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WOMEN WIN THE VOTE


DATES AND FACTS


1874
Woman's Christian Temperance Union founded in Ontario.

1887
Women property owners can vote in municipal elections in Manitoba.

1890
Women property owners can vote in school board elections in Manitoba.

1893
Manitoba's Woman's Christian Temperance Union presents a petition for female suffrage.

1894
Manitoba Equal Suffrage Club is founded.

1901
One in six Canadian workers is a woman.

February 13, 1907
Manitoba revokes women's municipal franchise.

January 28, 1914
The Women's Parliament is staged at the Walker Theatre.

1915
Political Equality League submits a petition to government for female suffrage.

January 28, 1916
Manitoba gives women the right to vote provincially.

May 24, 1918
Canadian women win the right to vote in federal elections.

OTHER RESOURCES


Liberation deferred? The ideas of the English-Canadian Suffragists by Carol Lee Bacchi.
Toronto: University of Toronto Press, 1983

In times like these by Nellie L. McClung. Toronto: McLeod & Allen, c1915.

The woman suffrage movement in Canada by Catherine L. Cleverdon.
Toronto: University of Toronto Press, 1974.

MAPS


Manitoba 1926 [Rural Organizations]

Manitoba electoral maps1920


FOR EDUCATORS


Women win the vote
Page 4 of 6

Politics and corruption

The suffrage campaigners said that women were needed to clean up politics in Manitoba. To support this argument they could point to the rough-and-tumble manner in which political parties conducted themselves in Manitoba in the early twentieth century.

Each election was marred with accusations of corruption—at one point one party hired a private detective to spy on the leaders of the other parties. From 1900 to 1915, the master of the political scene in Manitoba was Conservative Premier Rodmond Roblin. A shrewd and capable leader, Roblin presided over one of the most successful, if at times corrupt, political machines in Manitoba's history. He fashioned an electoral coalition that included both the staunchly anti-Catholic Orange Order and the province's Roman Catholic voters. Rural voters were grateful to Roblin for his government's fight for improved rail service and the government-owned telephone and grain elevator system.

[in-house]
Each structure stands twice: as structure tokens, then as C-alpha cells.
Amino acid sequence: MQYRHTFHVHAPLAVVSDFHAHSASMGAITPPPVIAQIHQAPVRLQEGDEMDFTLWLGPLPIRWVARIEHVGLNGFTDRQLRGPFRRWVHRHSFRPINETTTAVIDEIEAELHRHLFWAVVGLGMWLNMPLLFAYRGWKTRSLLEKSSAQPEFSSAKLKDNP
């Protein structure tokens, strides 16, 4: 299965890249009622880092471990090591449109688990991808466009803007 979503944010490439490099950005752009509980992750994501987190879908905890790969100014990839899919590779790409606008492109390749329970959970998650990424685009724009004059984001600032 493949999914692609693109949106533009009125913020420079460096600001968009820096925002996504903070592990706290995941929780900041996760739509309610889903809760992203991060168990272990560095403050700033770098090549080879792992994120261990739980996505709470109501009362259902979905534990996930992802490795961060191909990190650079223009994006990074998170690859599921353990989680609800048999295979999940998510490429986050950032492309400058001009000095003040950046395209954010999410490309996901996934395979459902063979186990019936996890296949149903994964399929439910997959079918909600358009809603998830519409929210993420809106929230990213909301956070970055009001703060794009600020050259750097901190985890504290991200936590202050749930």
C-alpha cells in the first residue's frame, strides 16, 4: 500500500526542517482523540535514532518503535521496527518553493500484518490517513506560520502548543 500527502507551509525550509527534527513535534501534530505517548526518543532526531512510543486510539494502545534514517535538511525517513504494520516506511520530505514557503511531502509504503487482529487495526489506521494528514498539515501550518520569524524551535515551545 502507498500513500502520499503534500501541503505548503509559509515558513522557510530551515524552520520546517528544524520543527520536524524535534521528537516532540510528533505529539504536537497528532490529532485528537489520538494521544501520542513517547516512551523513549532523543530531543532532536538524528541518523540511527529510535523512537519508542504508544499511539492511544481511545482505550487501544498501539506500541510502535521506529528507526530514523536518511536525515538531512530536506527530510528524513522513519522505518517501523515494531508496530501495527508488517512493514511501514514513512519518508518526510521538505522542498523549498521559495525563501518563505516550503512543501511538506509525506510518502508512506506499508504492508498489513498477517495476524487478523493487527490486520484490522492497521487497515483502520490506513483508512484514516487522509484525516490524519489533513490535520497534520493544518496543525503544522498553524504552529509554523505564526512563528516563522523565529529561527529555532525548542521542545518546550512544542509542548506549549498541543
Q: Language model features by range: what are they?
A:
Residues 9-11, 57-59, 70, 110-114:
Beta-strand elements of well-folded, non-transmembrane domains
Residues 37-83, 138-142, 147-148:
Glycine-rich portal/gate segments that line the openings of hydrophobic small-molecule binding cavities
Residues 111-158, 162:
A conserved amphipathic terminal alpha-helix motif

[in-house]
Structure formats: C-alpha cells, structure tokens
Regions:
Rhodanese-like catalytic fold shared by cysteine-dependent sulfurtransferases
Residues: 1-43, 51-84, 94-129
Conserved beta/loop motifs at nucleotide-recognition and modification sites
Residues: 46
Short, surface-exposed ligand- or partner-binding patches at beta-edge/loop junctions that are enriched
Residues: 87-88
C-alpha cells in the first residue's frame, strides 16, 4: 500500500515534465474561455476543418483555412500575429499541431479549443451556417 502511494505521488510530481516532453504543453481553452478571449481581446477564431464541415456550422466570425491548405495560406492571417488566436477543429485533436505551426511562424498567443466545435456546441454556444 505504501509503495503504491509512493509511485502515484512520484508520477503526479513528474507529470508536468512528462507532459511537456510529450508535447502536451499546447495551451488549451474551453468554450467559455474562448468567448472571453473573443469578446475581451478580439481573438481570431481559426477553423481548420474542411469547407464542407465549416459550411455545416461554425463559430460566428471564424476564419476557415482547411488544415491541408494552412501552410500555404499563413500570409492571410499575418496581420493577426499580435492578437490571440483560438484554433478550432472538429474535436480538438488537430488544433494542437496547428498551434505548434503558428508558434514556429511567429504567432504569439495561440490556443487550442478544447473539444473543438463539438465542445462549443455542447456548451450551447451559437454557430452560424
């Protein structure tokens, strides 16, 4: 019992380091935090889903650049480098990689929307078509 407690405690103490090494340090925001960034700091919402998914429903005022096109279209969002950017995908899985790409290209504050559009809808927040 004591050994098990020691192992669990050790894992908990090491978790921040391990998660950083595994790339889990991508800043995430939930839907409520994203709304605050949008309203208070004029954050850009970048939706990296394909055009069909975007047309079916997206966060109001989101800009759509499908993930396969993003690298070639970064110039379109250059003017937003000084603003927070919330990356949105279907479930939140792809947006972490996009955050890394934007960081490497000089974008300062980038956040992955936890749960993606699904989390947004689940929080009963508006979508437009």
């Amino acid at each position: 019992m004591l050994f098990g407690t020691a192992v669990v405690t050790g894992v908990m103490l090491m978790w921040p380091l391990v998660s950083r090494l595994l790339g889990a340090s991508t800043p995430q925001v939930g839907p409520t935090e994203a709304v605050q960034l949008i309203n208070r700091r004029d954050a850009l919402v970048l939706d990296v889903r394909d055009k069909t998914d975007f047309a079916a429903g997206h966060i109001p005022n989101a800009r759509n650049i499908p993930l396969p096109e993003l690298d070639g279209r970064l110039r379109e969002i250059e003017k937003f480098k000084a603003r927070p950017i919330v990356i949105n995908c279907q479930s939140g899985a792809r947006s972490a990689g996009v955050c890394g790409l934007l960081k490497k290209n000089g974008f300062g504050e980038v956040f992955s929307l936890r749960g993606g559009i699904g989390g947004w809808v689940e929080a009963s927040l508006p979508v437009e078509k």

Roblin's decision to end voting restrictions on the voting rights of East Europeans, and to create a school to train Ukrainian-speaking public school teachers, won him the support of many recent immigrants. His demand that schools fly the Union Jack flag earned him the support of those Manitobans who traced their roots back to Great Britain.

These policies were accompanied by a brass-knuckle approach to political campaigns. In the 1910 provincial election it was reported that only seven of the nearly 90 candidates had not been called liars or crooks by their opponents. In an attempt to buy votes, alcohol was freely distributed on election day—another of the reasons why temperance campaigners wished to see alcohol banned. Civil servants were expected to help the Conservatives get out the vote on election days, and constituencies that did not vote for the winning party would be forced to do without new roads or improved government services until the next election.

Roblin resisted the temperance movement, pointing out that individual communities had the right to vote on whether they would allow the local sale of liquor. These local votes on whether to go “wet” or “dry” were often as fiercely fought as provincial elections. He was equally dismissive of proposals to grant women the vote.

Not surprisingly, a wide-ranging reform movement arose to challenge the Roblin government. Inspired by recent teachings of the Protestant churches, the reformers advocated temperance, women's suffrage, tax reform, an end to bilingual education, direct democracy through the use of referendums, and improved labour legislation. Through these political measures, the reformers sought to bring about a moral transformation of society.

Digital Resources on Manitoba History